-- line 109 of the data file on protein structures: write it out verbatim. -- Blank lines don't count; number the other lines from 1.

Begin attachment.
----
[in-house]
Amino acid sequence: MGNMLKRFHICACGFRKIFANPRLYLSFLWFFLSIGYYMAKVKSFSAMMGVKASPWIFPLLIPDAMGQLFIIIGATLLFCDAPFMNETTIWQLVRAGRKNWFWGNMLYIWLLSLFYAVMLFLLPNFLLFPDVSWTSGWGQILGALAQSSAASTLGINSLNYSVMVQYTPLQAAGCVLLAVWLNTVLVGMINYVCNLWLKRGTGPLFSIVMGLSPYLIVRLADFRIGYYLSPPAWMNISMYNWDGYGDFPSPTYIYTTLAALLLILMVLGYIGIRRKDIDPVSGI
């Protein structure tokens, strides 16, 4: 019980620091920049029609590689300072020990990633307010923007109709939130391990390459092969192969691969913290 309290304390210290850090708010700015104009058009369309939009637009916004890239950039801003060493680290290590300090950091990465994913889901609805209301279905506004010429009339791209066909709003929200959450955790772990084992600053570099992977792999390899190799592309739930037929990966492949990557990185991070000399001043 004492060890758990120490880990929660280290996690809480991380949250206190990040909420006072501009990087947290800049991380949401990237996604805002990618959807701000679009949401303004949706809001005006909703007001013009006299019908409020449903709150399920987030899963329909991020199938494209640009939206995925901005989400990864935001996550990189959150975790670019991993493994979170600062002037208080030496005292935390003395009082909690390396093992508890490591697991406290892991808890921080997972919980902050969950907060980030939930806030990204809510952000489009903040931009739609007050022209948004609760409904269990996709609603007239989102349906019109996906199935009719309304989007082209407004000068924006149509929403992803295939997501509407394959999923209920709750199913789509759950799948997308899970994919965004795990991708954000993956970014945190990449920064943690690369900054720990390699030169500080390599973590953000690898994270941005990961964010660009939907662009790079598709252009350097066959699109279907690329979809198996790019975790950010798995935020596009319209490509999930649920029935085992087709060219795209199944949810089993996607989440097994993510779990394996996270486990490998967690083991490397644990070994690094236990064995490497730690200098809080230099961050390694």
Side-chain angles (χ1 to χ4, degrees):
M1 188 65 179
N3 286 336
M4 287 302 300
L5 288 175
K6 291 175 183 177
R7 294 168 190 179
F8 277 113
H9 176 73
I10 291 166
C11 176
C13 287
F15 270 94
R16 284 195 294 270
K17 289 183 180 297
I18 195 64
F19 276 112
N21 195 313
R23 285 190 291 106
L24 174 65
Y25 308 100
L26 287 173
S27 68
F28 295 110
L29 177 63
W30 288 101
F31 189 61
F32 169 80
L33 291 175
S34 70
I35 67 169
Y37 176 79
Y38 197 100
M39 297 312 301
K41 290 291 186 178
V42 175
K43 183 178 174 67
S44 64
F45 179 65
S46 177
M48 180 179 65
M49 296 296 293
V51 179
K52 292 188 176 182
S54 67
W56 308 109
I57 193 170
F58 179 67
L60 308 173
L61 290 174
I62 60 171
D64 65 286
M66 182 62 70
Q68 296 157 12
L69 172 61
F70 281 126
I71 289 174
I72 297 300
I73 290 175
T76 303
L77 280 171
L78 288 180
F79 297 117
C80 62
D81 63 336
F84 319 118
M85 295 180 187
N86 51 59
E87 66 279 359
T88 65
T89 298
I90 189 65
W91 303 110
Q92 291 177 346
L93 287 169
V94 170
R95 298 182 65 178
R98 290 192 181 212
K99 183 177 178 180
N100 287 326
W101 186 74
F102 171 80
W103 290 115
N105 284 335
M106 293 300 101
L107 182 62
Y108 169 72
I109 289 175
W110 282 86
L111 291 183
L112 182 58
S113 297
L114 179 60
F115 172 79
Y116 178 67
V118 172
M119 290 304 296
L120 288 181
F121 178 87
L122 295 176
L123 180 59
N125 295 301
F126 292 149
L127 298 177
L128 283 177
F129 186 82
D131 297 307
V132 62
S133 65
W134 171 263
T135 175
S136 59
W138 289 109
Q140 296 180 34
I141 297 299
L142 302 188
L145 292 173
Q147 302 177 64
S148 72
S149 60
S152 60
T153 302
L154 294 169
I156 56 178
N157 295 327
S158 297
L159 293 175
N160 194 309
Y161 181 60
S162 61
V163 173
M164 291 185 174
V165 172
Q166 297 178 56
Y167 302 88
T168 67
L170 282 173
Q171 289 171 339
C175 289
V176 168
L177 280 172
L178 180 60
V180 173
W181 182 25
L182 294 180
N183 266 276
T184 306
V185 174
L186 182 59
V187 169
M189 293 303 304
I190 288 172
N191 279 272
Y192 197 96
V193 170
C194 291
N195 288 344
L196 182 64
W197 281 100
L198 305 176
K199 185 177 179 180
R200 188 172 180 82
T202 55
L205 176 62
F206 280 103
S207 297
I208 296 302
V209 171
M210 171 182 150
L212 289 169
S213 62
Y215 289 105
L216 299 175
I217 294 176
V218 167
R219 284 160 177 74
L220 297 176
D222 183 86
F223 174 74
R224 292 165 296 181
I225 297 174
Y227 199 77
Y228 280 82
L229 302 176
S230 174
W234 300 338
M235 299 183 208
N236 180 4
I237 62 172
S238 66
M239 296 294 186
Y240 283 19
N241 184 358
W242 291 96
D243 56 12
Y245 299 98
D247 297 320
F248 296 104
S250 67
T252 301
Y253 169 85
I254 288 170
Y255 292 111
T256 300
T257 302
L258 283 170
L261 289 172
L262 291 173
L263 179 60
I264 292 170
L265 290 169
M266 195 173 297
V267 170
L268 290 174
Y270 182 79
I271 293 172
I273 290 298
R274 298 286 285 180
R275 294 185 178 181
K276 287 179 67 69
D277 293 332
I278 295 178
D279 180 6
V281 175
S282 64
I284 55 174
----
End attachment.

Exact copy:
F129 186 82